Chronological “Snubbery”: On the Proper Reading Order for The Chronicles of Narnia

Those who purchase a book set of The Chronicles of Narnia today might assume the content of the series is in the same format as it was when C. S. Lewis first wrote it. That assumption, while understandable, is inaccurate.

For the length of C. S. Lewis’s life (and decades beyond), his seven books from the world of Narnia were arranged so that readers would go through them in the order in which they were published. In 1994, however, the books were reordered and renumbered.

The seven separate installments, as they were originally written and released, progressively develop the world of Narnia. As such, the rearranged book set unfolds the overarching narrative in a jumbled fashion. It ends up revealing information to the first-time reader in a slapdash manner. At several key narrative points, the current book order tips its hand to the reader before it even makes its play (so to speak).

The argument in favor of this new arrangement is that the books are now in a more chronological order (from the standpoint of the world of Narnia itself): readers start first with The Magician’s Nephew (which shows Narnia’s origins) and move through Narnian time in a (largely) linear fashion. Such an argument, however, fails to acknowledge the difference between a true origins story and a prequel. An origins story starts at the beginning, building from the ground up (as it were). A prequel, on the other hand, builds on a story that already exists, assuming the reader is familiar with that existing story. True to its name, a prequel is a functional sequelalbeit, one that takes place earlier in the narrative’s timeline. With these distinctions in mind, The Magician’s Nephew is a prequel, and should be treated as such.

There are debates, of course, about what C. S. Lewis himself would think, and there are quotations (and misinterpretations) of what he actually did say about the proper reading order for The Chronicles of Narnia. The current consensus among publishing houses is that the seven books are best read in the order in which they take place within the world of Narnia. However, as Paul Ford writes in his Companion to Narnia, “most scholars disagree with [the chronological ordering] and find it the least faithful to Lewis’s deepest intentions” (24).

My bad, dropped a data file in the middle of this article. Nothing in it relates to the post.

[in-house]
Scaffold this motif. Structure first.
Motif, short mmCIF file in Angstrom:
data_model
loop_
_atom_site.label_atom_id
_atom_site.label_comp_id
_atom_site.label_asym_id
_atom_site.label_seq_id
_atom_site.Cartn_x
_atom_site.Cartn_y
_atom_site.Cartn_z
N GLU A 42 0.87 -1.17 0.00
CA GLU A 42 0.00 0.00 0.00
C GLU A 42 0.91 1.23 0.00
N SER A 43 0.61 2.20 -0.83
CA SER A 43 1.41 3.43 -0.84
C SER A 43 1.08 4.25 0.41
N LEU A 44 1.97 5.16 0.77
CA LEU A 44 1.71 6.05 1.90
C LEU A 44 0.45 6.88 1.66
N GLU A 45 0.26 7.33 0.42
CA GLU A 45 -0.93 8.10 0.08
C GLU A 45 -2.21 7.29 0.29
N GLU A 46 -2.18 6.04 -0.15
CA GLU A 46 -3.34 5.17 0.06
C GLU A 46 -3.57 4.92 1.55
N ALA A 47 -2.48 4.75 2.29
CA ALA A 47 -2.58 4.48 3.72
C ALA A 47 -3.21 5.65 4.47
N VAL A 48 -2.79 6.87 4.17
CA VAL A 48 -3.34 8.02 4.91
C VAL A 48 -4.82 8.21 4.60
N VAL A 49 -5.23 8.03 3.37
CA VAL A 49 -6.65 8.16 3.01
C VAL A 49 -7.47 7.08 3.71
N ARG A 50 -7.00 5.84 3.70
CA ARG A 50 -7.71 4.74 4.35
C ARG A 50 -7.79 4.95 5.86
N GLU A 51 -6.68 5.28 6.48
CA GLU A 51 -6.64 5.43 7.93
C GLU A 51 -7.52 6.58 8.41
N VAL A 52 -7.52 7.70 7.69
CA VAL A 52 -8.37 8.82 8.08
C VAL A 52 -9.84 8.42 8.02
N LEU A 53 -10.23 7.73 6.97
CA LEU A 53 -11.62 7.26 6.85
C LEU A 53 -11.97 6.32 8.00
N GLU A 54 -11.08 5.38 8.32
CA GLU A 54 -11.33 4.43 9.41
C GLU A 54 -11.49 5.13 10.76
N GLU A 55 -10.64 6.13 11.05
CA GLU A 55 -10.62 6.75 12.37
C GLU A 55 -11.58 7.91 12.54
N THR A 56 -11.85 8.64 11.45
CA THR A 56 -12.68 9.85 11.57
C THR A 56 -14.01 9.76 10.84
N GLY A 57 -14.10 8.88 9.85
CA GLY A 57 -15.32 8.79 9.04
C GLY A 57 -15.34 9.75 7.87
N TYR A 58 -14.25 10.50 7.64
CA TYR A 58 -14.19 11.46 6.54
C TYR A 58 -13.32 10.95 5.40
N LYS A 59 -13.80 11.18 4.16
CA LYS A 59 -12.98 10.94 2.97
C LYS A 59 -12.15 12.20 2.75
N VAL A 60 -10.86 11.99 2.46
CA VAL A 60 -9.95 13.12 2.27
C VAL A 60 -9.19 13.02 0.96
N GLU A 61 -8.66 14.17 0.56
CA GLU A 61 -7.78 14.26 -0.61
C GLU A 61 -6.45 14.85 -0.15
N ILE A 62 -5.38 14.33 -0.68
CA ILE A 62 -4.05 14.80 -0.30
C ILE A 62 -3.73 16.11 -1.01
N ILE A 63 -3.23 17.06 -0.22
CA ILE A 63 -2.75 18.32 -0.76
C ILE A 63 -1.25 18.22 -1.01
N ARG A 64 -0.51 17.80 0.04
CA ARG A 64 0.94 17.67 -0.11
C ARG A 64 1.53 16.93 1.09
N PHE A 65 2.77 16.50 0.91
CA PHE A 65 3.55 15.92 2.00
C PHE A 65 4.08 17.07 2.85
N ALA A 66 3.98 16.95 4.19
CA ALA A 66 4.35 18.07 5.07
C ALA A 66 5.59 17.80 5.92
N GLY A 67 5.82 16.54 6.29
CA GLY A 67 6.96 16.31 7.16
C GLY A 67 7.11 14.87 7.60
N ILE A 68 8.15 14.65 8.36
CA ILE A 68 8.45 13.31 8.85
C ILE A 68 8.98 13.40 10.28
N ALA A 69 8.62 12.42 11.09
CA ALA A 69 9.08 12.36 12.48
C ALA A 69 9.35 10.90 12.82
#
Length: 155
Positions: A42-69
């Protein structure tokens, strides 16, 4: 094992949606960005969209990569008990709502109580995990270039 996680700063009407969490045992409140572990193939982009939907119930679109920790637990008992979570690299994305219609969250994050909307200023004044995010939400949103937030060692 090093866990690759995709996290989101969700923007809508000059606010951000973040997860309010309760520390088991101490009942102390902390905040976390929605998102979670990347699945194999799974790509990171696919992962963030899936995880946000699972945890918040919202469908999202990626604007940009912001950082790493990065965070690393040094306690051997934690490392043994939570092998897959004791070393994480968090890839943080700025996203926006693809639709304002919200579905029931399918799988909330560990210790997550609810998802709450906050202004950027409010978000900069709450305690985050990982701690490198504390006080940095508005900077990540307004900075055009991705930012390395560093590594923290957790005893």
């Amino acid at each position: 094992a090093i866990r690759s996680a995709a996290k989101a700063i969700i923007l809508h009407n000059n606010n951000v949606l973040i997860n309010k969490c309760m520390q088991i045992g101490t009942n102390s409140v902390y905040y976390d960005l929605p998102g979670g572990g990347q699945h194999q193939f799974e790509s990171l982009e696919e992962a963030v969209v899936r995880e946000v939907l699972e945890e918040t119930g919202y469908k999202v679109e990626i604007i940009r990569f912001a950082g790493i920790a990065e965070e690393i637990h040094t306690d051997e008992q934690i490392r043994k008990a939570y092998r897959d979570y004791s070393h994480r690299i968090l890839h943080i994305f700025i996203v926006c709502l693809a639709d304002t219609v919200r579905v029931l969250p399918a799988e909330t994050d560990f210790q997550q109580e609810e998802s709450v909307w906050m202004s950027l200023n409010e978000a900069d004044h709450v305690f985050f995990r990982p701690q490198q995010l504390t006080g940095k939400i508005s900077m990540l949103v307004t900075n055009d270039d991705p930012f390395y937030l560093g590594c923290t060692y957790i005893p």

Some might ask, “Does it really matter?” My answer is yes, and I give three main reasons why in my newest piece for Crosswalk. Here’s a brief snippet:

C. S. Lewis didn’t initially set out to write an entire series of books. As he himself said, “When I wrote The Lion I did not know I was going to write any more.” As such, Lewis uses [The Lion, the Witch and the Wardrobe] as the official introduction to the world of Narnia. The Pevensies are a stand-in for the reader: your experience is designed to imitate theirs and your knowledge of Narnia to grow alongside theirs. That’s why The Lion says at one point, “None of the [Pevensie] children knew who Aslan was any more than you do.” It is assumed the reader has no prior knowledge of the king of Narnia. . . .


[Lewis is] not presuming you already know how Narnia was created, or why a lamp exists in the middle of a forest, or how a wardrobe can transport the Pevensies from one realm to another. On the contrary, he’s expecting you to not know these things. The mystery and discovery in which the Pevensies are engulfed are designed to engulf the first-time reader as well.

The article discusses a lot of elements, including dramatic irony, linear storytelling, authorial intent—and even Star Wars (trust me, there’s a good reason for it).

The ultimate purpose of this article is not to be divisive or judgmental, but to encourage first-time readers to enjoy The Chronicles of Narnia in the best way possible. You can read the entire article and decide for yourself.